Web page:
Jan McCarron serves on the H.O.M.E. Board of Directors and retired this year from her position as Director of Community Nursing at Loyola University Chicago. She reflects on the 10 years she acted as a supervisor to nursing students who visit seniors in our intergenerational housing program. She talks about the impact of their visits to seniors, as well as to the students.
Graduation season is special, what with so many fresh-faced youngsters starting a new phase of life. This one was especially so for me, at the other end of the career arc, retiring from Loyola University after years of introducing our nursing students to the dos and don’ts of community health.
DO take the time to find out what’s important to the patients we visit besides their immediate health issues.
And DON’T underestimate the healing power of a smile, a kind word or even a shared confidence.
For the past 10 years there’s been no better place for our nursing students to learn these skills than H.O.M.E.’s Good Life Senior Residences at Nathalie Salmon and Pat Crowley Houses.
There, I’ve had the privilege of supervising our RNs-to-be as part of their community health nursing course.
We visit once-a-week over Loyola’s 14-week semesters, with two-student teams identifying the health care needs of the senior they visit, devising for each a plan to meet those needs … in collaboration, of course, with a primary care physician. The students also work closely with H.O.M.E.'s Good Life Senior Residences coordinators, Caren Arden-Tabani and Mary Rodriguez.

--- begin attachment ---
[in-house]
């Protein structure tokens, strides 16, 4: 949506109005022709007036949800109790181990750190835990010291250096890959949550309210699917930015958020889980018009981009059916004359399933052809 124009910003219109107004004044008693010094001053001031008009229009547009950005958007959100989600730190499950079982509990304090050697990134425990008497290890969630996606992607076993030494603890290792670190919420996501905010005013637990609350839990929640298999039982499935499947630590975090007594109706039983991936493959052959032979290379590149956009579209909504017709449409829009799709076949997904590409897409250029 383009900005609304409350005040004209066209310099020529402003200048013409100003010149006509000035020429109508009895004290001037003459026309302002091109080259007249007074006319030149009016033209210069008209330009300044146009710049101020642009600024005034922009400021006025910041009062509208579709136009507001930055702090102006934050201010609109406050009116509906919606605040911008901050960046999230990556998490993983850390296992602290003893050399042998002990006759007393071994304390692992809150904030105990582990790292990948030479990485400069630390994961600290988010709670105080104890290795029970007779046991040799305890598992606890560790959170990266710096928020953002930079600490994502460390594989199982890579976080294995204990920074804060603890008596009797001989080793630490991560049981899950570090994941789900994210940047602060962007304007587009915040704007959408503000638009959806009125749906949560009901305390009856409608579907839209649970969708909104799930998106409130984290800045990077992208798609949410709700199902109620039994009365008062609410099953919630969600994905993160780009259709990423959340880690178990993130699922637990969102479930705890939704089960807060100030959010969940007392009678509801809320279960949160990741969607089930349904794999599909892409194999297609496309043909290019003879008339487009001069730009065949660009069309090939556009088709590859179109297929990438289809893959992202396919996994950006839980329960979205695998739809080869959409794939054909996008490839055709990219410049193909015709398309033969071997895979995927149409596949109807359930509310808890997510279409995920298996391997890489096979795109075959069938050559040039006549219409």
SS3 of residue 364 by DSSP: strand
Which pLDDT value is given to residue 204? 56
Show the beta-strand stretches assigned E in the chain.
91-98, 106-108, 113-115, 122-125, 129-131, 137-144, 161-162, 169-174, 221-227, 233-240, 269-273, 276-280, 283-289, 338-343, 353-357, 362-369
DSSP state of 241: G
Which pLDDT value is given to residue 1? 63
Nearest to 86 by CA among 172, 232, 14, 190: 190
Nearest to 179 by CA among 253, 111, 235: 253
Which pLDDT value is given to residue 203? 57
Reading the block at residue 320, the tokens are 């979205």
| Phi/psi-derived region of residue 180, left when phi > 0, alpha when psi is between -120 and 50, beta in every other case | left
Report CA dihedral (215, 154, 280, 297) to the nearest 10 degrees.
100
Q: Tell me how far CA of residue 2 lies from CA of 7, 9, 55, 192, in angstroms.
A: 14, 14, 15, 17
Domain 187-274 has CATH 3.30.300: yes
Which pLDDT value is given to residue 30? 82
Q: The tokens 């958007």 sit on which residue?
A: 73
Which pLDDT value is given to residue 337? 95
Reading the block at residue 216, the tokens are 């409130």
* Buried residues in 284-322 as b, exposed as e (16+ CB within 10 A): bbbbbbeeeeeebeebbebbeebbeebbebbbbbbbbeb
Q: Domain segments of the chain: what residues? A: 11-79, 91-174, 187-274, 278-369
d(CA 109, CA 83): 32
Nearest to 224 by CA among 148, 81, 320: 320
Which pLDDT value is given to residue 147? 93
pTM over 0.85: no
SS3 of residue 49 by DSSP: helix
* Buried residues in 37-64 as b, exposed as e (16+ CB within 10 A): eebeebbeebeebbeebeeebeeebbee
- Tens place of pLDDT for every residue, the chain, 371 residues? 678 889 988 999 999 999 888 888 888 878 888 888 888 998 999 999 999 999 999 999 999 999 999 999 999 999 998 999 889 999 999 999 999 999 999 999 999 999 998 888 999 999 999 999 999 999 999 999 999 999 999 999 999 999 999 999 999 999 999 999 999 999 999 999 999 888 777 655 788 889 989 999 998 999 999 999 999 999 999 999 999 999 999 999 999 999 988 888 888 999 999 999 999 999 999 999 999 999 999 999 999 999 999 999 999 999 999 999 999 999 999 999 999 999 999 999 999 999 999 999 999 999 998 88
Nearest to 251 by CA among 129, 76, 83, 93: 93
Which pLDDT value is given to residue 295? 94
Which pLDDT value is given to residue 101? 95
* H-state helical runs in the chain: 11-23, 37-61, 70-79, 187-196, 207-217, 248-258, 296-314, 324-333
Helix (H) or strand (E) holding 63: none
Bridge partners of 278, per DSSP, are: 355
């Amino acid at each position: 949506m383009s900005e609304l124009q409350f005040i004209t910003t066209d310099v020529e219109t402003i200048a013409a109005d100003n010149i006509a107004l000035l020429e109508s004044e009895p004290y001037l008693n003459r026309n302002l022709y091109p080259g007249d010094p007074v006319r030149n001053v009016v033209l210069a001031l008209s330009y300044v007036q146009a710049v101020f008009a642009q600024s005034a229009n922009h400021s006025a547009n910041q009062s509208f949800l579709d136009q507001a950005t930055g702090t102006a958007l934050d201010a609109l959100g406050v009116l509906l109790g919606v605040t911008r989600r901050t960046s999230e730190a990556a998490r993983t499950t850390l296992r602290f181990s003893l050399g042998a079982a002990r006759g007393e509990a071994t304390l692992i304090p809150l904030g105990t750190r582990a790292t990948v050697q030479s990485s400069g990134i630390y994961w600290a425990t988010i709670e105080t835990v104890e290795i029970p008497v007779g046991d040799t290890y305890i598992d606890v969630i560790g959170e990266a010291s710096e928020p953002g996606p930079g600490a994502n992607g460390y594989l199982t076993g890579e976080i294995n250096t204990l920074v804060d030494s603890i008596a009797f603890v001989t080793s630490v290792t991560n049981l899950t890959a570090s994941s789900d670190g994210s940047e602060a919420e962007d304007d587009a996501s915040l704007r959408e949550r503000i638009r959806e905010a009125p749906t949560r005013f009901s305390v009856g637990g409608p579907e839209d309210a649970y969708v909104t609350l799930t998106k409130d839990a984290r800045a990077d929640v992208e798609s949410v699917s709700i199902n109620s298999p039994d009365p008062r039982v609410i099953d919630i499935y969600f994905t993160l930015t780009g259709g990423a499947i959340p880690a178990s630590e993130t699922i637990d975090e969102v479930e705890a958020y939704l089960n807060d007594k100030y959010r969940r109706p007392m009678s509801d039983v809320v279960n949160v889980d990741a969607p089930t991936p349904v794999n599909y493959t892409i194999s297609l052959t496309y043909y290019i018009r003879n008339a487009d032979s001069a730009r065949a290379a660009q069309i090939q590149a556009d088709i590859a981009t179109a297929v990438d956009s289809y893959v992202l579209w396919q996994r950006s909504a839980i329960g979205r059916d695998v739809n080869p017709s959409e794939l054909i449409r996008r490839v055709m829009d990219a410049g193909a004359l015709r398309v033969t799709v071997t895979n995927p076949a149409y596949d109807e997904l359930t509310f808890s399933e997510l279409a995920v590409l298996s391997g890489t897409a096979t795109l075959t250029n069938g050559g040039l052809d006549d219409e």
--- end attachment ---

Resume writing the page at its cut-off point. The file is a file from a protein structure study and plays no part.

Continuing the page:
So this year’s graduation ceremony at Loyola’s Marcella Niehoff School of Nursing was a special one for me. Beforehand I figured I’d tear up as I marched in with the faculty dressed in our academic regalia for the last time. But I did not.
What did bring tears, a couple of weeks earlier, was saying goodbye to our H.O.M.E. residents. What I’ll miss most is guiding the students as they learn to work with the seniors.
It’s very special how the students help the seniors, but more so how the seniors teach the students. Some memories:
- Two students were visiting a diabetic who only understood Spanish. Trying to find out why his blood sugar levels were so high, they discovered he had trouble reading instructions, even in Spanish, and was not taking his medications correctly. They got two large bowls. On one bowl they pasted a sun, the other a moon. They put his morning meds in the “sun” bowl and the evening’s in the "moon" bowl. Problem solved.
- Because the students have time to sit, talk and listen, they hear more than a doctor in a hospital might. One student told me: “They tell us, 'I really don't know what diabetes is.' 'I don't understand why I'm taking this medication’.” Student nurses have the time to teach seniors about their chronic diseases so they can control them and avoid hospitalizations or trips to the emergency room.
Always, the students get more than they give. At final course evaluation time, I ask each to write down what he or she learned from the visits. Their answers warm an instructor’s heart:
"I've learned how to describe things more simply and not use medical jargon"
"I think this class will get us to take that extra minute with a patient when we take care of them in a hospital.”
"It helps you see that every patient has a story and that story affects their health and how they take care of themselves.”
“I used to be nervous about talking to older people. This semester I’ve gotten much more comfortable. I see them as people who have so much experience and wonderful life stories to share.”
Fortunately, I won’t really be leaving H.O.M.E. and its wonderful seniors.
As a member of the Board of Directors, I’ll keep helping staff find the health services our residents need … so they can keep teaching tomorrow’s nurses some of life’s most important lessons.
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